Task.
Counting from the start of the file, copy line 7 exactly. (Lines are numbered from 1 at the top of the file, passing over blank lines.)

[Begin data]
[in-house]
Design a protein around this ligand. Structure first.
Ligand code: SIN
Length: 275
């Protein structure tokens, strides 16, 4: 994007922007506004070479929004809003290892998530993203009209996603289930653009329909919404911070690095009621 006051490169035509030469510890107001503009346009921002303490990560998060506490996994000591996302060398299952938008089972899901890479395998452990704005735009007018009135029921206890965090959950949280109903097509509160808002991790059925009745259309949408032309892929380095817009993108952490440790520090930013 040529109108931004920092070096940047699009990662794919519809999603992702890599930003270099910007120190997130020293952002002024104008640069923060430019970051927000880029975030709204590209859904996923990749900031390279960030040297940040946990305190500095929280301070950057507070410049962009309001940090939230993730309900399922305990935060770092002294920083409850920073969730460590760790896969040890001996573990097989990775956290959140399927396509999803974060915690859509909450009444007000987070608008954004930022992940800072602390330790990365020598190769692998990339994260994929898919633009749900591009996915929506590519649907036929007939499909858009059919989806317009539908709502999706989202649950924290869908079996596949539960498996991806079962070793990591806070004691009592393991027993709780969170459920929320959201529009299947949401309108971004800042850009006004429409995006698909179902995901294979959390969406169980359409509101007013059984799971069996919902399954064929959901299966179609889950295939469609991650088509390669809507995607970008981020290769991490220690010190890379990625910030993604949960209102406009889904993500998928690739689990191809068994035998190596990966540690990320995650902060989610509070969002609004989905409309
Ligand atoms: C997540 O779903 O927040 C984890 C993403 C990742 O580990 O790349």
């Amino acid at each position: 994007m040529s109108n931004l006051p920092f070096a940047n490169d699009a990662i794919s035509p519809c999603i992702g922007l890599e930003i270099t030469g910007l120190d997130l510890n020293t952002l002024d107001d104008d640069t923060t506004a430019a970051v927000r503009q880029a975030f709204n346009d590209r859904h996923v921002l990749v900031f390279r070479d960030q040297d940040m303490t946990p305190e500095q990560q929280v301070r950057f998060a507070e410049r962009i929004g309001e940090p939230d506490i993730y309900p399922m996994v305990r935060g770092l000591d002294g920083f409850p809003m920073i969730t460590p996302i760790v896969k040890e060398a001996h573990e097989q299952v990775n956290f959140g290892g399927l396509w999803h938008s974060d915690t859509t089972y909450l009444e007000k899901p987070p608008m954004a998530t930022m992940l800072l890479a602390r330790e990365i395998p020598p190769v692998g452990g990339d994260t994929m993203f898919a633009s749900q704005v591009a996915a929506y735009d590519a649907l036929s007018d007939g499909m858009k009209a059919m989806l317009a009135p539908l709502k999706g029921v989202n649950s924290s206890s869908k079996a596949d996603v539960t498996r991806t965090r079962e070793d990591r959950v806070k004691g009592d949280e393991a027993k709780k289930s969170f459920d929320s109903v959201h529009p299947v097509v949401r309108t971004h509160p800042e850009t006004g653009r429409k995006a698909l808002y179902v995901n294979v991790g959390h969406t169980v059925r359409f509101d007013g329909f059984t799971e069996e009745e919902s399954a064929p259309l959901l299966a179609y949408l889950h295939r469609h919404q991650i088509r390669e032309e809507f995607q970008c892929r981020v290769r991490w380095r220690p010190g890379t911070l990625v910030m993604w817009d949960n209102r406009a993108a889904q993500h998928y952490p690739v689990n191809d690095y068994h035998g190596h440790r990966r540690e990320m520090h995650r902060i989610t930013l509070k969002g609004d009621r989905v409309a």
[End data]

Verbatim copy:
């Amino acid at each position: 994007m040529s109108n931004l006051p920092f070096a940047n490169d699009a990662i794919s035509p519809c999603i992702g922007l890599e930003i270099t030469g910007l120190d997130l510890n020293t952002l002024d107001d104008d640069t923060t506004a430019a970051v927000r503009q880029a975030f709204n346009d590209r859904h996923v921002l990749v900031f390279r070479d960030q040297d940040m303490t946990p305190e500095q990560q929280v301070r950057f998060a507070e410049r962009i929004g309001e940090p939230d506490i993730y309900p399922m996994v305990r935060g770092l000591d002294g920083f409850p809003m920073i969730t460590p996302i760790v896969k040890e060398a001996h573990e097989q299952v990775n956290f959140g290892g399927l396509w999803h938008s974060d915690t859509t089972y909450l009444e007000k899901p987070p608008m954004a998530t930022m992940l800072l890479a602390r330790e990365i395998p020598p190769v692998g452990g990339d994260t994929m993203f898919a633009s749900q704005v591009a996915a929506y735009d590519a649907l036929s007018d007939g499909m858009k009209a059919m989806l317009a009135p539908l709502k999706g029921v989202n649950s924290s206890s869908k079996a596949d996603v539960t498996r991806t965090r079962e070793d990591r959950v806070k004691g009592d949280e393991a027993k709780k289930s969170f459920d929320s109903v959201h529009p299947v097509v949401r309108t971004h509160p800042e850009t006004g653009r429409k995006a698909l808002y179902v995901n294979v991790g959390h969406t169980v059925r359409f509101d007013g329909f059984t799971e069996e009745e919902s399954a064929p259309l959901l299966a179609y949408l889950h295939r469609h919404q991650i088509r390669e032309e809507f995607q970008c892929r981020v290769r991490w380095r220690p010190g890379t911070l990625v910030m993604w817009d949960n209102r406009a993108a889904q993500h998928y952490p690739v689990n191809d690095y068994h035998g190596h440790r990966r540690e990320m520090h995650r902060i989610t930013l509070k969002g609004d009621r989905v409309a």